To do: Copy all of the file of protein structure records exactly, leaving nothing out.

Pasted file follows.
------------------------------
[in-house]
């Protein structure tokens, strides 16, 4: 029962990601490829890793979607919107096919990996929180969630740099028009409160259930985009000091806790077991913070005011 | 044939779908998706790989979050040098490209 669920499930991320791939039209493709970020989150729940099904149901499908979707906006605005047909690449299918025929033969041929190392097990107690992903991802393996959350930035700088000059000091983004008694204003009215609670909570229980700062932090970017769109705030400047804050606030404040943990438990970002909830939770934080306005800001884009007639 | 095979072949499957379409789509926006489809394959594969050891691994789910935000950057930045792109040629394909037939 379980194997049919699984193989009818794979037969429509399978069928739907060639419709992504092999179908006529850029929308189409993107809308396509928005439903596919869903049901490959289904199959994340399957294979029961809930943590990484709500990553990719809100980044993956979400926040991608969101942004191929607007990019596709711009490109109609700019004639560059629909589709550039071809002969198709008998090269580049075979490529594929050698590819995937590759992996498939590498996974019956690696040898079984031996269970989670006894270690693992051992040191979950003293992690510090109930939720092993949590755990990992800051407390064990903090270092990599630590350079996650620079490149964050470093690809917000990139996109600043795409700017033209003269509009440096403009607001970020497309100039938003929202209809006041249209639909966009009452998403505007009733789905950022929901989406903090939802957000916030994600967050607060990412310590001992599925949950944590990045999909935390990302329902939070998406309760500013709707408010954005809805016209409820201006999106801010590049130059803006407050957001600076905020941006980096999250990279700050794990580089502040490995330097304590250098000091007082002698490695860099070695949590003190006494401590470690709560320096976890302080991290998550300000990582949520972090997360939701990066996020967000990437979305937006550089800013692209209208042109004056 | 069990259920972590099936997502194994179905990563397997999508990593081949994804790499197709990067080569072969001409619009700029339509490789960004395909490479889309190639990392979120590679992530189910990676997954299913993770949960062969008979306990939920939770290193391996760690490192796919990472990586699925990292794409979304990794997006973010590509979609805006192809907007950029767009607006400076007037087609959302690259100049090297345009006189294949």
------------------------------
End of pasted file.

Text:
[in-house]
């Protein structure tokens, strides 16, 4: 029962990601490829890793979607919107096919990996929180969630740099028009409160259930985009000091806790077991913070005011 | 044939779908998706790989979050040098490209 669920499930991320791939039209493709970020989150729940099904149901499908979707906006605005047909690449299918025929033969041929190392097990107690992903991802393996959350930035700088000059000091983004008694204003009215609670909570229980700062932090970017769109705030400047804050606030404040943990438990970002909830939770934080306005800001884009007639 | 095979072949499957379409789509926006489809394959594969050891691994789910935000950057930045792109040629394909037939 379980194997049919699984193989009818794979037969429509399978069928739907060639419709992504092999179908006529850029929308189409993107809308396509928005439903596919869903049901490959289904199959994340399957294979029961809930943590990484709500990553990719809100980044993956979400926040991608969101942004191929607007990019596709711009490109109609700019004639560059629909589709550039071809002969198709008998090269580049075979490529594929050698590819995937590759992996498939590498996974019956690696040898079984031996269970989670006894270690693992051992040191979950003293992690510090109930939720092993949590755990990992800051407390064990903090270092990599630590350079996650620079490149964050470093690809917000990139996109600043795409700017033209003269509009440096403009607001970020497309100039938003929202209809006041249209639909966009009452998403505007009733789905950022929901989406903090939802957000916030994600967050607060990412310590001992599925949950944590990045999909935390990302329902939070998406309760500013709707408010954005809805016209409820201006999106801010590049130059803006407050957001600076905020941006980096999250990279700050794990580089502040490995330097304590250098000091007082002698490695860099070695949590003190006494401590470690709560320096976890302080991290998550300000990582949520972090997360939701990066996020967000990437979305937006550089800013692209209208042109004056 | 069990259920972590099936997502194994179905990563397997999508990593081949994804790499197709990067080569072969001409619009700029339509490789960004395909490479889309190639990392979120590679992530189910990676997954299913993770949960062969008979306990939920939770290193391996760690490192796919990472990586699925990292794409979304990794997006973010590509979609805006192809907007950029767009607006400076007037087609959302690259100049090297345009006189294949």